Tuesday, September 29, 2009

It's like parenting

In a way, this story of mine is like my child. I incubated it, letting it grow and take shape inside my head for a long time. Then I brought it out of my head and onto paper, giving birth to concrete ideas that I shared with other people, but not until the story and I were both ready. I continue to feed it with daily attention, discipline it by correcting mistakes, and teach it how to behave in public by sharing it with my writer's group. It needs my time and my energy, and in return the story takes on its own life and will (hopefully) be strong enough to live on its own in the future. Like parenthood, writing this book has been great fun, a pain in the neck, an inspiration, completely aggravating, and a challenging, amazing experience.

Saturday, September 12, 2009

Writer's voice

It's said that a writer's voice reveals the whole person behind the words including his/her ideas, wit, rhythms, and passions. Books by Michael Crichton, for instance, show he was an intelligent man with insight and passion for science, both traditional and experimental. Compare his voice to that of Woody Allen (self-deprecating humor, outsider looking in) or Judy Blume (gentle humor, love of life) and it's easy to how the writer's voice comes through in his/her work.
So that leads me to an obvious question. What does my voice reveal about me? Ideas? I have too many with not enough time and focus to develop them all. Wit? I've got lots of that, especially for puns and the ridiculous situations I find myself in. Rhythms? I alternate between tense and relaxed, and I try to do too many things at once.
My passions? By far, the thing I'm most passionate about is decency and justice for people who are vulnerable. That's no doubt because of my early experiences with Joyce and my work for so many years with kids with disabilities and their families. That passion prompts me to write letters to the local newspaper editor, to legislators, and to network TV shows when I see people who have no voice as the targets of injustice. The recent state budget debacle here in Pennsylvania has pulled the rug out from under senior citizens, at-risk children, and the poor and hungry. I've been protesting and I will continue to protest. I've been praying for resolution to this injustice and I will continue to pray. Not surprisingly, my protagonist, Sophie, develops that same passion for human decency over the course of the book I'm writing.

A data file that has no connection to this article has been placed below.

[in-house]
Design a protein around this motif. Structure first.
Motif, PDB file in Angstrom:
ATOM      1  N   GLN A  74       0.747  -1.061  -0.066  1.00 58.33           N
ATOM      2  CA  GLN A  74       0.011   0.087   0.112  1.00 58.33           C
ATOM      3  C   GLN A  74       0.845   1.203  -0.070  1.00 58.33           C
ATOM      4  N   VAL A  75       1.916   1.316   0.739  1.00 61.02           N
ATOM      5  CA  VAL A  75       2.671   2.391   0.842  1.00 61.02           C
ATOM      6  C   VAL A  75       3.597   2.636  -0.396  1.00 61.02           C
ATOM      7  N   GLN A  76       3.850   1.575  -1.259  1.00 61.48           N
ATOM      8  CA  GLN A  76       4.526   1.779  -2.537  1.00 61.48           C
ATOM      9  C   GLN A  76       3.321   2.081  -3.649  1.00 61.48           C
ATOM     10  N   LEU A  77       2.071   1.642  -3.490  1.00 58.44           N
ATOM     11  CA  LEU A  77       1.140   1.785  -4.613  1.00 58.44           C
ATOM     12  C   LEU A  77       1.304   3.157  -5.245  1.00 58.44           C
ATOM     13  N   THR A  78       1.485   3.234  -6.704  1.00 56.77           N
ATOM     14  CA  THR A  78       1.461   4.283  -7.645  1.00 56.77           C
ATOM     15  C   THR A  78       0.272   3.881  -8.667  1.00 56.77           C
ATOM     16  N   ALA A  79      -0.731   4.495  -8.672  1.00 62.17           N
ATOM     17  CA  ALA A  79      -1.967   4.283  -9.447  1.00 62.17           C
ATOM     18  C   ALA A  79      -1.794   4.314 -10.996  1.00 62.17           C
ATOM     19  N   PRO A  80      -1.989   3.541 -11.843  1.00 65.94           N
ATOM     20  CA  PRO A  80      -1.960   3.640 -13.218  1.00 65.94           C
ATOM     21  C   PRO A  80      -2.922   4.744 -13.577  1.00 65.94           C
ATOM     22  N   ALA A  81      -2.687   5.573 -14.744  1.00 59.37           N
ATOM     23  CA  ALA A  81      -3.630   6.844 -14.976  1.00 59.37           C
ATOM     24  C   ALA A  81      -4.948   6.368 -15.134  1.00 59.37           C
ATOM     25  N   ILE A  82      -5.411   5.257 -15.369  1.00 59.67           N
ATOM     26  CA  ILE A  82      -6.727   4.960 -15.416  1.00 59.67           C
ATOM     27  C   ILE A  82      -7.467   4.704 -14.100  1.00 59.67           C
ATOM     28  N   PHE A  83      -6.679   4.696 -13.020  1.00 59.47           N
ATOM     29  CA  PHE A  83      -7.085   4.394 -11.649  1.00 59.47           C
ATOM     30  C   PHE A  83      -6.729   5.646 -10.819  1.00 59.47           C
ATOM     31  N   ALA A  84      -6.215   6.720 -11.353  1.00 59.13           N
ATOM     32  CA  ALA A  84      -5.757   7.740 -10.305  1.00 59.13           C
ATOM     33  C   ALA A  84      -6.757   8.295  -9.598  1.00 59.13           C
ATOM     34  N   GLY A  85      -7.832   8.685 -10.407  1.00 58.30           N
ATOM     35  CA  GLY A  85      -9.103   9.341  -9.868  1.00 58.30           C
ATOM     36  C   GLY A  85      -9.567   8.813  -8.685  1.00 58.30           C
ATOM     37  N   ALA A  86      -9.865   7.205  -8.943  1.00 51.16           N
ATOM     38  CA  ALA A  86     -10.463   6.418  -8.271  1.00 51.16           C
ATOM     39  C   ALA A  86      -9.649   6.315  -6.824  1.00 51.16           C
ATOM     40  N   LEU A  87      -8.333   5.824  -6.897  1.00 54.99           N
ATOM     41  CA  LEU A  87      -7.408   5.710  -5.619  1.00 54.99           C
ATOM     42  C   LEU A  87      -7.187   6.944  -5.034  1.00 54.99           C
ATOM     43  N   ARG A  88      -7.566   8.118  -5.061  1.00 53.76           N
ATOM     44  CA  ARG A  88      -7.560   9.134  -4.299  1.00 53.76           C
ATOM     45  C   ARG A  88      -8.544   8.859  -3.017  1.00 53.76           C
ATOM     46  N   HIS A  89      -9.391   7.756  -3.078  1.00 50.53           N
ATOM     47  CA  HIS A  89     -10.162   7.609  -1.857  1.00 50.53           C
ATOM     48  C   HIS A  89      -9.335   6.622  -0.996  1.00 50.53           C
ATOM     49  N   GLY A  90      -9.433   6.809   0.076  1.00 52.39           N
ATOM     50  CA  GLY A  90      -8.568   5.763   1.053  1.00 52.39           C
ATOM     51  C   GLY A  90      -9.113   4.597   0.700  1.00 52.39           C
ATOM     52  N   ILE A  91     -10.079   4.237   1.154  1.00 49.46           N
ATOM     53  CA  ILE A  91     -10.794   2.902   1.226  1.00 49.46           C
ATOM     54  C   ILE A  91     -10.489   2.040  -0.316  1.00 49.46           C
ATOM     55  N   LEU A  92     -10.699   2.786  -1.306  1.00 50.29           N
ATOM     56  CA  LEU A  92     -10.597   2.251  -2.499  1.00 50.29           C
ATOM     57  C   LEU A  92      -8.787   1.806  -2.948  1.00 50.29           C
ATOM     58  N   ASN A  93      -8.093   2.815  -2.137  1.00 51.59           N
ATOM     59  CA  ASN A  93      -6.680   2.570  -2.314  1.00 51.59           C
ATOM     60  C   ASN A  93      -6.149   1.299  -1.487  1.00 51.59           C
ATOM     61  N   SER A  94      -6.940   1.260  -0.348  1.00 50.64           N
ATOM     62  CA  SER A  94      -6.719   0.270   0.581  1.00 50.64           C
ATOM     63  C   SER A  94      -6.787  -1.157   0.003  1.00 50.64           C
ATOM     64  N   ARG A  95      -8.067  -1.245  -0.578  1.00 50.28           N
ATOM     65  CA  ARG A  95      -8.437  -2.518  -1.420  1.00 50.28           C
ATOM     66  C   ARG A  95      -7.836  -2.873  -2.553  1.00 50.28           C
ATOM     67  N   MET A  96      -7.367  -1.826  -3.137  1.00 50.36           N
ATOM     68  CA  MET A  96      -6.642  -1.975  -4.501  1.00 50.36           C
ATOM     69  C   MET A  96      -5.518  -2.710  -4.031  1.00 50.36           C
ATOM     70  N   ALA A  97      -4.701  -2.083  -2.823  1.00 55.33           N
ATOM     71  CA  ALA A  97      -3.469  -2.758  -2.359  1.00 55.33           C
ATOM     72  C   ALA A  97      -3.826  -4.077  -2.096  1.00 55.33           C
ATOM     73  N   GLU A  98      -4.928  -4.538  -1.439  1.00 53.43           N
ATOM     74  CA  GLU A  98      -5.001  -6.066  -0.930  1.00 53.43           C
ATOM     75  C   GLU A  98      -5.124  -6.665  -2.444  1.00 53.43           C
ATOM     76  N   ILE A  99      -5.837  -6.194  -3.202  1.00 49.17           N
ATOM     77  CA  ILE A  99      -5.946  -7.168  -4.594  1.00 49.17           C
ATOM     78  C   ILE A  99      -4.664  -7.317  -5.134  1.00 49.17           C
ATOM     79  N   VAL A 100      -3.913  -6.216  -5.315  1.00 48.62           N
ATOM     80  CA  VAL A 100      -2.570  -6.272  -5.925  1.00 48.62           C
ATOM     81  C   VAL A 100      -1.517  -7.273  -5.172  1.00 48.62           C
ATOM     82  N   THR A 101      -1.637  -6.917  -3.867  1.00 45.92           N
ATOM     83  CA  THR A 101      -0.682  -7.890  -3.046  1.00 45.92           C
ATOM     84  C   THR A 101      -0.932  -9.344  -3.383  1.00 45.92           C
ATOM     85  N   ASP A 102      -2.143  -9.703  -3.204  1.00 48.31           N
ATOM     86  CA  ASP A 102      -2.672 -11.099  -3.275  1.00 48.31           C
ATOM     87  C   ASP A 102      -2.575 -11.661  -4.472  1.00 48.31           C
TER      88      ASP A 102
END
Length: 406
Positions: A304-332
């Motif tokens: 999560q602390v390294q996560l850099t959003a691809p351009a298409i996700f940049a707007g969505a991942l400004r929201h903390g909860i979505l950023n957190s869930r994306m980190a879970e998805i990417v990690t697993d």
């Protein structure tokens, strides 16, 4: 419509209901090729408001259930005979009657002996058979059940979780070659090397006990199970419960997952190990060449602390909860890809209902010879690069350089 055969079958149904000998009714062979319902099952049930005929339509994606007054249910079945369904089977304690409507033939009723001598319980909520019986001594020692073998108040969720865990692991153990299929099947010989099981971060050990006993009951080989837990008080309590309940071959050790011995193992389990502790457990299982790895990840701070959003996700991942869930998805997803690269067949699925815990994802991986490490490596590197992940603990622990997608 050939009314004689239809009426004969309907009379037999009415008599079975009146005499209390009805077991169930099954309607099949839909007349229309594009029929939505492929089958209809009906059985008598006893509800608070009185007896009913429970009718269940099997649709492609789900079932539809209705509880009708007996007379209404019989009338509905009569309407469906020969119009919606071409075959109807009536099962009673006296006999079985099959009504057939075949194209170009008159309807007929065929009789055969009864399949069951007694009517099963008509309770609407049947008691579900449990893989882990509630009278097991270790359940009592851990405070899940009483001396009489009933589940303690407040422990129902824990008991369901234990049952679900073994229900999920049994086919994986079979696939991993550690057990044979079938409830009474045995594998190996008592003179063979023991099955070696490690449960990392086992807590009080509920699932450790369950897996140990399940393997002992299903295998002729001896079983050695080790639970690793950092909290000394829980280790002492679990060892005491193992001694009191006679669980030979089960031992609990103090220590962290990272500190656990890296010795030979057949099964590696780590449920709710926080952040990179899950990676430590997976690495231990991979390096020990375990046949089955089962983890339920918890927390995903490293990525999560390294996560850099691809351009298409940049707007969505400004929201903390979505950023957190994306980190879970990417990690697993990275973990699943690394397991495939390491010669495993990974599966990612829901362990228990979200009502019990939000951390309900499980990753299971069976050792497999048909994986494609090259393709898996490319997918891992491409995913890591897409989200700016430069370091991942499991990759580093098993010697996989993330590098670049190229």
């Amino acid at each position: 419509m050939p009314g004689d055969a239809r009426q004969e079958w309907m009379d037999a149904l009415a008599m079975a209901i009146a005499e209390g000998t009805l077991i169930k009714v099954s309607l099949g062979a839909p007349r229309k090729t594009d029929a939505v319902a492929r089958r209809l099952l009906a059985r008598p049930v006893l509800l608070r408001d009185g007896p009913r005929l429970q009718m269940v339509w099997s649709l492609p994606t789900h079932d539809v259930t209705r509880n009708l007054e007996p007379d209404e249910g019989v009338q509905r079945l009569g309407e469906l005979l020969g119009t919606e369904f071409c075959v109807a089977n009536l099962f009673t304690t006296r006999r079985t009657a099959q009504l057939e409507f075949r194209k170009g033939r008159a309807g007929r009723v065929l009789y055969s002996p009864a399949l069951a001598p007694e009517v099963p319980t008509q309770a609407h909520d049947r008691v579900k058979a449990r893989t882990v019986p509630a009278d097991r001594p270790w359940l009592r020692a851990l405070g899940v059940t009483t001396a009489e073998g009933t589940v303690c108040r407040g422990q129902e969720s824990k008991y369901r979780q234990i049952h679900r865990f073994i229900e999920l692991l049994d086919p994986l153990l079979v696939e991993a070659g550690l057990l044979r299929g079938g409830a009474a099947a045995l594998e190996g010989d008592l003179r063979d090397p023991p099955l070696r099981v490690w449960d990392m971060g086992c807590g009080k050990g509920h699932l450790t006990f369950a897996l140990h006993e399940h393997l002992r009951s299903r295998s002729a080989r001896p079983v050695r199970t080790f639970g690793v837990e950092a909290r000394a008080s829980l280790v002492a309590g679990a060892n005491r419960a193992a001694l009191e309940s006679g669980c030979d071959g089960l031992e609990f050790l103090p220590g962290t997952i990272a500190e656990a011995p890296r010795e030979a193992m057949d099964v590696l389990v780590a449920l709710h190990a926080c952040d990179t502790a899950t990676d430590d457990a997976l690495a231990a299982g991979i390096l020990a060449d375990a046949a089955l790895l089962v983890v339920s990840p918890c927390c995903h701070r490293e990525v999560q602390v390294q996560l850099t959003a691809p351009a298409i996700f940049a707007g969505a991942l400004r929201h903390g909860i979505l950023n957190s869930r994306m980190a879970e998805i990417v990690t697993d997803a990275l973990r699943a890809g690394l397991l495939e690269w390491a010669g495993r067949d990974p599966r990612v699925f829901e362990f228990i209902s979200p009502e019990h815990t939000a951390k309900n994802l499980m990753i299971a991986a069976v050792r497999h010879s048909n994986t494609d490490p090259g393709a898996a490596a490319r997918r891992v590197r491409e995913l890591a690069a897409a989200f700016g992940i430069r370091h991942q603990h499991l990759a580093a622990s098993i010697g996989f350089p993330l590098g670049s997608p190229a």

Monday, September 7, 2009

My story's longer than I expected

When I first started writing this book, I figured it'd be about 200 pages. It's clear to me now that my first draft will be over 250 pages, typed and double-spaced. Maybe more. I was beginning to think that it was too long for the current market, since getting published is my goal and a fit into the market is a must if that's gonna happen.
Then I found this info on a blog I follow: The average number of pages in books for teens has been increasing steadily over the last few decades. Part of that is because of the increased popularity of fantasy, which tends to run longer than average. (Maybe that's why I love fantasy. It tends to wander.) But other genres have increased in length as well. Here's the stats I found.
Average length in 1979: 151 pages,
1989: 157 pages,
1999: 233 pages,
2009: 337 pages.
So maybe I'm right on target after all. I guess I'll just keep writing until the story's told and not stress about the length.